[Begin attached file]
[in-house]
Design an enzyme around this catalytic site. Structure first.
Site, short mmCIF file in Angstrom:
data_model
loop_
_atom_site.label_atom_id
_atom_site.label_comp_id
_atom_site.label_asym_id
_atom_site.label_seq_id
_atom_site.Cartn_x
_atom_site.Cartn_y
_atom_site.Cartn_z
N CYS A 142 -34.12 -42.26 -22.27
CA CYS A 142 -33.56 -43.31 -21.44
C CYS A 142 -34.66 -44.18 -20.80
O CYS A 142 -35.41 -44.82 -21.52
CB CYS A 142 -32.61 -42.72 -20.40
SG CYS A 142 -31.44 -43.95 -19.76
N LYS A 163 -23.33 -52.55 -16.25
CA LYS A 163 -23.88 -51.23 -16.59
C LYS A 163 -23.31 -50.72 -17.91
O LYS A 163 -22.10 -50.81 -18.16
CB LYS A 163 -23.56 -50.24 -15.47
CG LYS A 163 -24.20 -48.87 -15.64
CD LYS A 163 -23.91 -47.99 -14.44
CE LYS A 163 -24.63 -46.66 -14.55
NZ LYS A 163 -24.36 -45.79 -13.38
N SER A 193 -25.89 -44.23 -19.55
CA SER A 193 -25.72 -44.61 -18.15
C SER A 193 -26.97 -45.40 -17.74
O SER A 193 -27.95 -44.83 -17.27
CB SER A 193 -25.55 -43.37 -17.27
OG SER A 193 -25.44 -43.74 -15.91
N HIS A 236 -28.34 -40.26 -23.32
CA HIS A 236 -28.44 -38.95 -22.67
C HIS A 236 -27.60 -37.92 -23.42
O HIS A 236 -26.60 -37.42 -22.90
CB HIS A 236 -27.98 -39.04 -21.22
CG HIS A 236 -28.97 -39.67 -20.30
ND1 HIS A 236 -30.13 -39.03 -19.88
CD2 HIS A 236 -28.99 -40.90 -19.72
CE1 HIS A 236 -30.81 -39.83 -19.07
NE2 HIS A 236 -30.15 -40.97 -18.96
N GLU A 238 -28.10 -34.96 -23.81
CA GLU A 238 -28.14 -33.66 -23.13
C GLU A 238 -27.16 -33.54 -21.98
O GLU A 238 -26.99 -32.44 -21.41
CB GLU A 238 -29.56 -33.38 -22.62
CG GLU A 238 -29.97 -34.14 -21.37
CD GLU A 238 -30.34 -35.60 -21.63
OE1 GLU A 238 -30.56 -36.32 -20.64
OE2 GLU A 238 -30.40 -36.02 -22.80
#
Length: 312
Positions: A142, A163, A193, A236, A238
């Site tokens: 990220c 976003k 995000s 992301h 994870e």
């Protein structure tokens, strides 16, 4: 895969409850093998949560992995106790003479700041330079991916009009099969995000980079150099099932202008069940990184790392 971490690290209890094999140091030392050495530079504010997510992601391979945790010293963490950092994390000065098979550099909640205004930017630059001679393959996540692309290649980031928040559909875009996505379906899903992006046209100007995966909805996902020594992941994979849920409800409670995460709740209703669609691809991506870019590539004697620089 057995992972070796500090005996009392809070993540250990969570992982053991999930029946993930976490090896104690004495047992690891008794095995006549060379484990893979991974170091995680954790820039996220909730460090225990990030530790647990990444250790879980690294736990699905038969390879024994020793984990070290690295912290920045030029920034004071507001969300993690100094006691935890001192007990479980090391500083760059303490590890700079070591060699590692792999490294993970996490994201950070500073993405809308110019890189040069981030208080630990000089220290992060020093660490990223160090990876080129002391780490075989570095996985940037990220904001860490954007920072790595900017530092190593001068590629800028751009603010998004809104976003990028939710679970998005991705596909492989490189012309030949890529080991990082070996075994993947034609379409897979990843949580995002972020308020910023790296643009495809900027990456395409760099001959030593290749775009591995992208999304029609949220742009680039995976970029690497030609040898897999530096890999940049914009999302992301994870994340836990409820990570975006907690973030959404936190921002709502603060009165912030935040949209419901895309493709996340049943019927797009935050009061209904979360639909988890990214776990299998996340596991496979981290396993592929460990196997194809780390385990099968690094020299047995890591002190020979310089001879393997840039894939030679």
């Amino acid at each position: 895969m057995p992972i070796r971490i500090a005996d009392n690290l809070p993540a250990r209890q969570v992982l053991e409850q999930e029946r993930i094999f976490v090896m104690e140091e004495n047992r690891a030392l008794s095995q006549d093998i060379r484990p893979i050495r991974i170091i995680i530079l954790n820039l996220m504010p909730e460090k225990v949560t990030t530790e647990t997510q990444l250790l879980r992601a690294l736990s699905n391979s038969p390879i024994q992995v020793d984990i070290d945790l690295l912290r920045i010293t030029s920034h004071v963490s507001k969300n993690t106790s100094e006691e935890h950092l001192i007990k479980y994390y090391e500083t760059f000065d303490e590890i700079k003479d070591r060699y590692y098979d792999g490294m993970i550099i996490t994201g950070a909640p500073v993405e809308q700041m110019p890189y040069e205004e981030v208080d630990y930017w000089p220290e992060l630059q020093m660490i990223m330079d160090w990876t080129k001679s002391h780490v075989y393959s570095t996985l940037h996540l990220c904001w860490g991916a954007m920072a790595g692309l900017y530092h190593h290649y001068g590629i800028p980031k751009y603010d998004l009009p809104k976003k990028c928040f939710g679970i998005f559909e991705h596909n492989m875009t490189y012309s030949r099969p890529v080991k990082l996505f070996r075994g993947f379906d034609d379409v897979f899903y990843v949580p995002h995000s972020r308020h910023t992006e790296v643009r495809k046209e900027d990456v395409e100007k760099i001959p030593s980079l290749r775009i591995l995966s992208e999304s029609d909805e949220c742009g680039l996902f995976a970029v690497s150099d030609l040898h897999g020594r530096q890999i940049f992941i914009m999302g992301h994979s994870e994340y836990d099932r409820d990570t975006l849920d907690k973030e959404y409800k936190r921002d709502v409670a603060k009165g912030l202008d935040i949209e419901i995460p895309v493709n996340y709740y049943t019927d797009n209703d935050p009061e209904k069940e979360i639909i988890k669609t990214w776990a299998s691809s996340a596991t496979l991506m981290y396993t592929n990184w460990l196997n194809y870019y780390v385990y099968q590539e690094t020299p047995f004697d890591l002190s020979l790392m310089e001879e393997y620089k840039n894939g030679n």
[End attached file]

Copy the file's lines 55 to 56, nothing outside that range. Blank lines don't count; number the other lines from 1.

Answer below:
Positions: A142, A163, A193, A236, A238
């Site tokens: 990220c 976003k 995000s 992301h 994870e």